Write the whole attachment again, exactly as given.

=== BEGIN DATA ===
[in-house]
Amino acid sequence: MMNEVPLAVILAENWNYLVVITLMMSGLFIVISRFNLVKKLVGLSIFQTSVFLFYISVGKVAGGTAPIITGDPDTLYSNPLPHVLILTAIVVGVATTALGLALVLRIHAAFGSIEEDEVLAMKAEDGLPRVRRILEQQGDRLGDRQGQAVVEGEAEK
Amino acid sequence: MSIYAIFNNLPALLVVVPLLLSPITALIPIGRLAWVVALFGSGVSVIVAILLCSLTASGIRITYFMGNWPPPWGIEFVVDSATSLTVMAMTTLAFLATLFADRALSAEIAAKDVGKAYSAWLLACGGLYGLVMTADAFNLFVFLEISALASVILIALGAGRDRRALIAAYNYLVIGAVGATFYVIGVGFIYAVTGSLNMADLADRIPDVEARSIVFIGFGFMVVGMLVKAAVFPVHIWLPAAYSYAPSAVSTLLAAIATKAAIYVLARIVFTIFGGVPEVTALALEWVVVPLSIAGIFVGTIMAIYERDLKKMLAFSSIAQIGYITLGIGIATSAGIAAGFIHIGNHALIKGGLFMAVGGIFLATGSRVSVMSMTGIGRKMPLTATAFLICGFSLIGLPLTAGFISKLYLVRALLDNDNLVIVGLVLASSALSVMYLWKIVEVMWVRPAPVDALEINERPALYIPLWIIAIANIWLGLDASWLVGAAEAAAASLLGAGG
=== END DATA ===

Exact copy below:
[in-house]
Amino acid sequence: MMNEVPLAVILAENWNYLVVITLMMSGLFIVISRFNLVKKLVGLSIFQTSVFLFYISVGKVAGGTAPIITGDPDTLYSNPLPHVLILTAIVVGVATTALGLALVLRIHAAFGSIEEDEVLAMKAEDGLPRVRRILEQQGDRLGDRQGQAVVEGEAEK
Amino acid sequence: MSIYAIFNNLPALLVVVPLLLSPITALIPIGRLAWVVALFGSGVSVIVAILLCSLTASGIRITYFMGNWPPPWGIEFVVDSATSLTVMAMTTLAFLATLFADRALSAEIAAKDVGKAYSAWLLACGGLYGLVMTADAFNLFVFLEISALASVILIALGAGRDRRALIAAYNYLVIGAVGATFYVIGVGFIYAVTGSLNMADLADRIPDVEARSIVFIGFGFMVVGMLVKAAVFPVHIWLPAAYSYAPSAVSTLLAAIATKAAIYVLARIVFTIFGGVPEVTALALEWVVVPLSIAGIFVGTIMAIYERDLKKMLAFSSIAQIGYITLGIGIATSAGIAAGFIHIGNHALIKGGLFMAVGGIFLATGSRVSVMSMTGIGRKMPLTATAFLICGFSLIGLPLTAGFISKLYLVRALLDNDNLVIVGLVLASSALSVMYLWKIVEVMWVRPAPVDALEINERPALYIPLWIIAIANIWLGLDASWLVGAAEAAAASLLGAGG